True or false? Carbohydrate foods are fattening

Grain products are often baked, and are rich s...

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False – Foods containing carbohydrates include starchy foods and sugary foods and drinks. The popularity of low-carb diets such as Atkins have given carbohydrates a bad name, but don’t be misled. Foods such as bread, potatoes, rice and pasta play an important part in a healthy, balanced diet (providing energy) and a low-carb diet can leave us feeling tired, make our muscles feel like lead, or make us grumpy. Choosing healthier types of starchy foods can also be beneficial for digestion, blood glucose control and satiety (feeling full).

In the UK we have easy access to a lot of starchy foods which could the reason that these foods are linked with weight gain. Eating large portions of these foods or having a diet that lacks variety  might mean that we are eating a lot of bread, pasta, rice or potatoes, and if we eat too much of any food then we will gain weight. In addition, we often add fats and sugars to these foods – such as butter, creamy sauces, cheese, jam or honey – and these can also contribute to weight gain. I have spoken with many people who say that they avoid sugary foods and drinks but have not realised that eating large amounts of starchy foods could be contributing to their weight gain.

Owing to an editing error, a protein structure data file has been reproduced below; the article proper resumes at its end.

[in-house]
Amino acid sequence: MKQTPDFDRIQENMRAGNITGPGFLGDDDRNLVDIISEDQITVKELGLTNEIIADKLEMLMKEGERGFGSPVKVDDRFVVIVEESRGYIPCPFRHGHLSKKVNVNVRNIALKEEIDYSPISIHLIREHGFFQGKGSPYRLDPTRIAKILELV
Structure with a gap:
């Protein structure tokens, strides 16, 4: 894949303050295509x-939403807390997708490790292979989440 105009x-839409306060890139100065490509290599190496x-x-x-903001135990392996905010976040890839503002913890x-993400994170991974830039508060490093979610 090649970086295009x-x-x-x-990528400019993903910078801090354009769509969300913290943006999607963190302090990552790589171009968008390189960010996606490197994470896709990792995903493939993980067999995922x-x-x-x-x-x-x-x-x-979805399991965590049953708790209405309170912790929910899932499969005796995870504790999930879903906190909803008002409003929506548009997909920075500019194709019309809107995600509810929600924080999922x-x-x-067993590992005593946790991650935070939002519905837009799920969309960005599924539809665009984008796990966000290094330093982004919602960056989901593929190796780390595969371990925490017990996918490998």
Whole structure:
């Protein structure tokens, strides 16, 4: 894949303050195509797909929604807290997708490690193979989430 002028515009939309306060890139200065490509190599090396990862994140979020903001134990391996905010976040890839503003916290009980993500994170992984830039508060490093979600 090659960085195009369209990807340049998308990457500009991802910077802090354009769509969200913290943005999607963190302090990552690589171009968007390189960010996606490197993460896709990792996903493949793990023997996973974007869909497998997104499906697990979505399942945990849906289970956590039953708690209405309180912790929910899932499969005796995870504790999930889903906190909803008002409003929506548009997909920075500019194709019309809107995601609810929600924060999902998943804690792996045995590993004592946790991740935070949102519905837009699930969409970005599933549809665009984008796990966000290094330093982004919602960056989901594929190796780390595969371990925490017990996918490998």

In the UK it is recommended that about 50% of the energy (calories) we eat should come from carbohydrates, with no more than 11% of those calories coming from sugary foods and drinks. For long-term health most of the UK population need to get more of their energy from healthy carbohydrates (bread, cereals and potatoes) combined with sufficient amounts of fruits and vegetables and milk and dairy foods. For many adults, including those who are overweight, fibre-rich sources of starchy carbohydrate may help with dietary satiety and weight maintenance or even weight loss.

Please note that young children (under 2 years) and people with high energy requirements but small appetites (like the elderly) may have different requirements for carbohydrates and should look for specific advice (eg: from a Dietitian)

For information about eating a healthy, balanced diet and portion sizes – please refer to the booklet from the Dept of Health called Your guide to the Eatwell Plate

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